I feel like everyone has their own Perks of Being a Wallflower moment. The moment they discovered the book and felt like it was written entirely for them. Well, with the release of the movie’s trailer, I was reminded of mine -
It was the summer of 2002 and I was working at Borders. I remember shelving the small books and being instantly intrigued by the minimal yellow cover. It was so cute. And the title was very…me. I had always felt like a wallflower. So I bought it and brought it home and read it.
And read it again. And again. And again.
It was the summer after my freshman year of college and while I was four years older than the protagonist, I knew how he felt. It was just so real. So I started reading it every year.
Now, there are two types of book owners I’ve realized: a) those who believe books are a work of art and prefer to keep them as pristine as possible and b) those who believe the more worn a book looks, the more loved it is. I subscribe to the second belief. My books are very loved.
So while reading, I started underlining my favorite sentences, passages, so I could easily go back to them. When I got back to college (I was home in Orlando during the summer; my school was in Tallahassee), I handed the book off to my good friends, instructing them to read it and underline their favorite passages. To me, the book felt like a letter I had to share, one that everyone made their own. I loved seeing the different underlined passages because while we all loved the I felt infinite moment, we each had different parts that spoke to us just as well. (My favorite line is the one underlined above. It’s simple, and perfect.)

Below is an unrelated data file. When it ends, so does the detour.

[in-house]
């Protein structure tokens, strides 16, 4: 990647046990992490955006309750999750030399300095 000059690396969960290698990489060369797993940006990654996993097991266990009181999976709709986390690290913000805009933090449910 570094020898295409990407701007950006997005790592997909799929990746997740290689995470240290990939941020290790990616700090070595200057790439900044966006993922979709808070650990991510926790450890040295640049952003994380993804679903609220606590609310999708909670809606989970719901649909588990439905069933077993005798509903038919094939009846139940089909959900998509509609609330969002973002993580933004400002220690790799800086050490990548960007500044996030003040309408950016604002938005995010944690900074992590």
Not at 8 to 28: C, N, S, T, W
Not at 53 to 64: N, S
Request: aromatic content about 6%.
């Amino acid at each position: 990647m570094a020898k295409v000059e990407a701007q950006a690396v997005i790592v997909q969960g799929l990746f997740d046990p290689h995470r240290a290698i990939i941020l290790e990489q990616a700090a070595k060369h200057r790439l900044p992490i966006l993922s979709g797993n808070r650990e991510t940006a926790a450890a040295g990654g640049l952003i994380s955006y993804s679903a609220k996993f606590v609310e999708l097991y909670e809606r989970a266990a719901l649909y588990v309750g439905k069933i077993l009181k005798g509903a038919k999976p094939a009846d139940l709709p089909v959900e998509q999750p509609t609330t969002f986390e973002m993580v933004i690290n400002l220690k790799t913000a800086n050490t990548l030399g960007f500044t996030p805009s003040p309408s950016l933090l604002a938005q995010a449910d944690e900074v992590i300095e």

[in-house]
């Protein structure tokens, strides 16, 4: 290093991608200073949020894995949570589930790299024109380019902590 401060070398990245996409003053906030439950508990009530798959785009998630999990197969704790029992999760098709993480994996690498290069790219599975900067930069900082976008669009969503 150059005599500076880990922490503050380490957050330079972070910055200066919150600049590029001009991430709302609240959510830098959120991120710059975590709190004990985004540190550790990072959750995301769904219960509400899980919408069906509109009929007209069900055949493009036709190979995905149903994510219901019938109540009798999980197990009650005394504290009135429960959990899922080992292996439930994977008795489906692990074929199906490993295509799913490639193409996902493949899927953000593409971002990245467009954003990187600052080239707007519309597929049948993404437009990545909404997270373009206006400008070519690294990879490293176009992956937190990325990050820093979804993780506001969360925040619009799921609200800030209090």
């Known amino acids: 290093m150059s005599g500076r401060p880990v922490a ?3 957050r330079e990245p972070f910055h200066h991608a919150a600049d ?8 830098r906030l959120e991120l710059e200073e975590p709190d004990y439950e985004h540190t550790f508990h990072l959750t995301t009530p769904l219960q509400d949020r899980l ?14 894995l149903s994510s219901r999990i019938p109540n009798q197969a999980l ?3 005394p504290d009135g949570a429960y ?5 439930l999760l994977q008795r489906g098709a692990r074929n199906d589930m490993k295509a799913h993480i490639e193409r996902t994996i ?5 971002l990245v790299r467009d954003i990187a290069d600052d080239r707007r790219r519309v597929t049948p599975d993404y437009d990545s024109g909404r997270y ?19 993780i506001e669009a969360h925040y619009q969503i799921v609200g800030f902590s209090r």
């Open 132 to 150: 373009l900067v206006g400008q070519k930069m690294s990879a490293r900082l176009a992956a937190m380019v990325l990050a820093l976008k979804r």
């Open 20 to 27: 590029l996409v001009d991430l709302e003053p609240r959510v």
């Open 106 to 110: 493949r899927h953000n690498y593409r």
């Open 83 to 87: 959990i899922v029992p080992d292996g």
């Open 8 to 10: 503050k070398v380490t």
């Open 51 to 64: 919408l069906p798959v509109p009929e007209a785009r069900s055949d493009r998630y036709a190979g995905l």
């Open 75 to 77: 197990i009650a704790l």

In the process of handing it off so often, my copy started to wear down. Pages were lose, ripped. And then, one day, a friend spilled an oil candle on it. At first, I was upset; my book was ruined, gone, dead. But then, when the pages dried, I saw that there wasn’t any harm, really, and the only permanent damage was that it kind of smelled like cinnamon apple.
And I was okay with that.
Because every time I went into a Cracker Barrel I thought of Perks. Every time I went into one of those country, good-time shops, I thought of Perks. And I smiled.
Years later I taught high school english. On my first day, as a very scared 22 year old, I passed around surveys to my students to learn a bit more about them. Who was an athlete, who was a drama kid. The last question asked them what their favorite book was.
One student said Perks.
It wasn’t a Bill and Charlie moment; we didn’t become best friends or anything like that, but I was so happy to see that the book transcended generations. That the same book that spoke to me so many years prior still applied to teenagers today.
Which was when I realized that I could relate to these students. While I didn’t have a cell phone at their age, I did understand what it was like to be a wallflower.
And I think that’s the most important part of the book. It makes you feel understood, and connected to a larger group of people you might not have known otherwise. Good books can do that.
And this one certainly did.
Have you read The Perks of Being a Wallflower? What’s your story? What’s your favorite line?